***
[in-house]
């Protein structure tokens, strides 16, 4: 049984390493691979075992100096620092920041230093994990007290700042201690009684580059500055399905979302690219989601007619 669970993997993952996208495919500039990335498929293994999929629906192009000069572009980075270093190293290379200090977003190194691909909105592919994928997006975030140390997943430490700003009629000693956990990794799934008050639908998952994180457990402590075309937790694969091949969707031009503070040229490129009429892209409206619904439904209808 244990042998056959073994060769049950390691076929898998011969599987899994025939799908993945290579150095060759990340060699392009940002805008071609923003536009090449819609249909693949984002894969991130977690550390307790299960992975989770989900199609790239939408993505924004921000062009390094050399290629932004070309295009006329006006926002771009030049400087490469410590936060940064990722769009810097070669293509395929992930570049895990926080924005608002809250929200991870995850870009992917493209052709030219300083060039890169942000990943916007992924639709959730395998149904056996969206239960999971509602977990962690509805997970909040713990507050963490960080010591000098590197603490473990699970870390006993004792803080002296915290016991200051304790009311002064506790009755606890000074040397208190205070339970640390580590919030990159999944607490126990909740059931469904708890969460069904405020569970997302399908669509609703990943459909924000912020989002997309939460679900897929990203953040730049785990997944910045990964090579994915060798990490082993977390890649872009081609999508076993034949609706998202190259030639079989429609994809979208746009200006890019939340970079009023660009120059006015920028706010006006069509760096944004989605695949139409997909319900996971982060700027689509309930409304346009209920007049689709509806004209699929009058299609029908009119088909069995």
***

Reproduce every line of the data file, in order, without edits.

[in-house]
């Protein structure tokens, strides 16, 4: 049984390493691979075992100096620092920041230093994990007290700042201690009684580059500055399905979302690219989601007619 669970993997993952996208495919500039990335498929293994999929629906192009000069572009980075270093190293290379200090977003190194691909909105592919994928997006975030140390997943430490700003009629000693956990990794799934008050639908998952994180457990402590075309937790694969091949969707031009503070040229490129009429892209409206619904439904209808 244990042998056959073994060769049950390691076929898998011969599987899994025939799908993945290579150095060759990340060699392009940002805008071609923003536009090449819609249909693949984002894969991130977690550390307790299960992975989770989900199609790239939408993505924004921000062009390094050399290629932004070309295009006329006006926002771009030049400087490469410590936060940064990722769009810097070669293509395929992930570049895990926080924005608002809250929200991870995850870009992917493209052709030219300083060039890169942000990943916007992924639709959730395998149904056996969206239960999971509602977990962690509805997970909040713990507050963490960080010591000098590197603490473990699970870390006993004792803080002296915290016991200051304790009311002064506790009755606890000074040397208190205070339970640390580590919030990159999944607490126990909740059931469904708890969460069904405020569970997302399908669509609703990943459909924000912020989002997309939460679900897929990203953040730049785990997944910045990964090579994915060798990490082993977390890649872009081609999508076993034949609706998202190259030639079989429609994809979208746009200006890019939340970079009023660009120059006015920028706010006006069509760096944004989605695949139409997909319900996971982060700027689509309930409304346009209920007049689709509806004209699929009058299609029908009119088909069995």